Appeal from an order of the District Court for the Western District of New York, John T. Curtin, Chief Judge, denying the applications of four environmental groups, supported by the State of New York, to intervene in an action by the United States against Hooker Chemical & Plastics Corporation and certain of its affiliates and the City of Niagara Falls. The action, relating to dangers caused by the disposal of toxic chemical wastes in a dump site near the Niagara River, was brought pursuant to the "imminent hazard" and "emergency" provisions of the Safe Drinking Water Act, 42 U.S.C. § 300i, the Resource Conservation and Recovery Act, 42 U.S.C. § 6973, and the Clean Water Act, 33 U.S.C. § 1364. Appellants contend that the district court erred in denying their applications to intervene as of right under F.R. Civ. P. 24(a). Affirmed.
Before: FRIENDLY, MESKILL and PIERCE, Circuit Judges.
The appellants are four environmental organizations. Two, the Ecumenical Task Force ("ETF") and Niagara Environmental Action ("NEA") are New York organizations; many members of ETF and all members of NEA are directly affected by industrial pollution of the Niagara River. The two others, Pollution Probe Foundation ("PPF") and Operation Clean Niagara ("OCN") are Canadian organizations; many members of PPF and all members of OCN live in the Niagara region of the Province of Ontario and are directly affected by pollution of the Niagara River both by itself and as it flows into Lake Ontario. The appeals are from an order of Chief Judge Curtin of the District Court for the Western District of New York denying the appellants' applications to intervene under F.R. Civ. P. 24(a). ETF, PPF and OCN appealed only insofar as the order denied intervention as of right under F.R. Civ. P. 24(a); NEA appealed from the denial both of intervention as of right under Rule 24(a) and of permissive intervention under Rule 24(b), but has not briefed the latter point, which we regard as waived.
This action was begun on December 20, 1979, when the United States filed a complaint against Hooker Chemicals & Plastics Corporation, its parent, Hooker Chemical Corporation, Hooker Chemical Corporation's parent, Occidental Petroleum Investment Corporation, and the latter's parent, Occidental Petroleum Corporation (collectively, "Hooker"); and the City of Niagara Falls, New York (the "City"). The State of New York (the "State") was soon joined as a defendant upon a motion by Hooker pursuant to F.R. Civ. P. 19(a); having requested and received permission to be realigned as a plaintiff, the State filed its own complaint against Hooker and the City. The City and Hooker also filed cross-claims against one another.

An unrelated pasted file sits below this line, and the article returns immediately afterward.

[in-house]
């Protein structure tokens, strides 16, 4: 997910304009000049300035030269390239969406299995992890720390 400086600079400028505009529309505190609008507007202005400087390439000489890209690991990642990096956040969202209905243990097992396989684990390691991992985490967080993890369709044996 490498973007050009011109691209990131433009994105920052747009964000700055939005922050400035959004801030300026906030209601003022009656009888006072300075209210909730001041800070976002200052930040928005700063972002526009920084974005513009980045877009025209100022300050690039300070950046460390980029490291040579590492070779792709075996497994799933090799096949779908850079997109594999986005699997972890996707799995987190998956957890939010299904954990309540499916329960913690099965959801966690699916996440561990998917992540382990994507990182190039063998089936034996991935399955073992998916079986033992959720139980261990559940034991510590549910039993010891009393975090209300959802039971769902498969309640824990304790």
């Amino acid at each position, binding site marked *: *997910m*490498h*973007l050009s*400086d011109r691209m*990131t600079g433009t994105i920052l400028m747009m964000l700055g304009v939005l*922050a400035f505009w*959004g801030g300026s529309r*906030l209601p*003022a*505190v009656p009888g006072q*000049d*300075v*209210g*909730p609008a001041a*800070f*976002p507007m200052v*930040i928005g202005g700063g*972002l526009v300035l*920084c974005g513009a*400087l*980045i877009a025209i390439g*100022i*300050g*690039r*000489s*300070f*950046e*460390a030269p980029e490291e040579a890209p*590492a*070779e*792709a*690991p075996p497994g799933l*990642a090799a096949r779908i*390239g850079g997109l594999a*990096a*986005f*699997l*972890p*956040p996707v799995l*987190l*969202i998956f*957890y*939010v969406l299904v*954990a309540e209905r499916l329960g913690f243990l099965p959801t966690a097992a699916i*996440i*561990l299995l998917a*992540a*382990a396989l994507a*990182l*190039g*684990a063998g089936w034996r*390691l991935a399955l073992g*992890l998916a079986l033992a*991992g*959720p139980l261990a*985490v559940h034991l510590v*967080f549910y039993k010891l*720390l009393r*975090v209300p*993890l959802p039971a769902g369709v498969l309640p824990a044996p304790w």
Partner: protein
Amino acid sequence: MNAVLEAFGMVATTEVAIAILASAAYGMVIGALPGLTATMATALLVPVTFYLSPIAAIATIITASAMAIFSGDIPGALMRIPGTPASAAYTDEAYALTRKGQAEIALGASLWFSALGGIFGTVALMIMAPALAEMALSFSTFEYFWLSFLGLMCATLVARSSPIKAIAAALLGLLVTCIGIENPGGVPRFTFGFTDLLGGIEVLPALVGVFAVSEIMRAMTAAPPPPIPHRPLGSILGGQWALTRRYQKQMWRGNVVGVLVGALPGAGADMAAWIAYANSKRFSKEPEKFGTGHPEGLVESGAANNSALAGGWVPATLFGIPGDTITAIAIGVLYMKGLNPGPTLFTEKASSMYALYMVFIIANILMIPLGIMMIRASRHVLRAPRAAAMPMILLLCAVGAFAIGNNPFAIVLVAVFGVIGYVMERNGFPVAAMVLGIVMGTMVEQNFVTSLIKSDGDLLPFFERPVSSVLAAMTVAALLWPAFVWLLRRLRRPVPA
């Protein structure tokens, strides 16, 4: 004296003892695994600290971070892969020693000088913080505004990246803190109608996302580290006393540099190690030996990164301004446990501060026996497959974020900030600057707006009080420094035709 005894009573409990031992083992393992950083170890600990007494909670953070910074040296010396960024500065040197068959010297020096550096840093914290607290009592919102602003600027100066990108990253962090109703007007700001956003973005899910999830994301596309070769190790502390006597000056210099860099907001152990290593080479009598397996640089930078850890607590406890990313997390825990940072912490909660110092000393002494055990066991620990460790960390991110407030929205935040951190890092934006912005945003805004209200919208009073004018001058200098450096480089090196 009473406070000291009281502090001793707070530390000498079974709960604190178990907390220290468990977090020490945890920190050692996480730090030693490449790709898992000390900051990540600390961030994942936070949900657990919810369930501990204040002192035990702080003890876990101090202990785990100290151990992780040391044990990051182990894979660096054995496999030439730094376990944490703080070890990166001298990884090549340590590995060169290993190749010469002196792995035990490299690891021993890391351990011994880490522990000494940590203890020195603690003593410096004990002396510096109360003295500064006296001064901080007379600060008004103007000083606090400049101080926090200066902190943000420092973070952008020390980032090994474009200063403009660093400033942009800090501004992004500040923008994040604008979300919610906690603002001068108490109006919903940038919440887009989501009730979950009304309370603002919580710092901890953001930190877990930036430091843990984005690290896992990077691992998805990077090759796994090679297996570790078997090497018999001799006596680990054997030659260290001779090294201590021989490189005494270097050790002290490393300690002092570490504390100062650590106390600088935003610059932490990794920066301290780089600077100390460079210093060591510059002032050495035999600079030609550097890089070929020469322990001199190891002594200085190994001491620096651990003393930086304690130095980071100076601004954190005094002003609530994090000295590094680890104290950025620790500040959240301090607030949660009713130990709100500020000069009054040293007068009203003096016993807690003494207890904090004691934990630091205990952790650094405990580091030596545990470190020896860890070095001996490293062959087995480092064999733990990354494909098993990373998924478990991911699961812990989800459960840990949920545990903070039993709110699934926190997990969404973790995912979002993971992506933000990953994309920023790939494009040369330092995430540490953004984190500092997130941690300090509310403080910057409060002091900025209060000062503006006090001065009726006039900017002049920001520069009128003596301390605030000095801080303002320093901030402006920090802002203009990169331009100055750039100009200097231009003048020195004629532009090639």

The action concerns Hooker's use of an approximately four-acre landfill on the American bank of the Niagara River (the "S-area") to dispose of more than 70,000 tons of hazardous chemical wastes between 1947 and 1975. The complaint of the United States, as amended on June 18, 1980, alleged that migration from the S-Area of a number of dangerous chemicals, many of them carcinogenic, was contaminating the Niagara River and, in some cases, the public drinking water supplied by the Niagara Falls Drinking Water Treatment Plant ( the "Plant"), which is located approximately 200 yards east of the S-area dump site. According to the allegations made in the complaint, the porous nature of the soil in the S-Area landfill permits toxic wastes dumped by Hooker to mix with shallow subsurface water and then "leach out" eastwards toward the Niagara River. The complaint alleged further that, given the nature of the soil in the vicinity of the S-area and the Plant, and the load-bearing capacity and age of the Plant's pipes, there is a high probability that some of the Plant's subsurface pipes would crack or leak within the next 50 years, with the additional consequent danger that Hooker's chemical wastes might directly enter the water supply in high enough concentration to cause "a human health disaster." The complaint alleged that Hooker's conduct created "an imminent and substantial endangerment to the health of persons" under § 1431 of the Safe Drinking Water Act ("SDWA"), 42 U.S.C. § 300i;*fn1 "an imminent and substantial danger to health or the environment" under § 7003 of the Resource Conservation and Recovery Act ("RCRA"), 42 U.S.C. § 6973;*fn2 and "an imminent and substantial endangerment to the health of persons or to the welfare of persons" under § 504 of the Clean Water Act ("CWA") 33 U.S.C. § 1364.*fn3 It also alleged that Hooker's "unreasonable interference" with the interest of the United States in protecting the health of its citizens, including those traveling in interstate commerce, constituted a public nuisance.*fn4 Finally, the complaint alleged that Hooker had deposited wastes in navigable waters of the United States without obtaining a permit from the Secretary of the Army in violation of § 13 of the Rivers and Harbors Act of 1899, 33 U.S.C. § 407. We summarize the rather complex and specific relief sought in the complaint: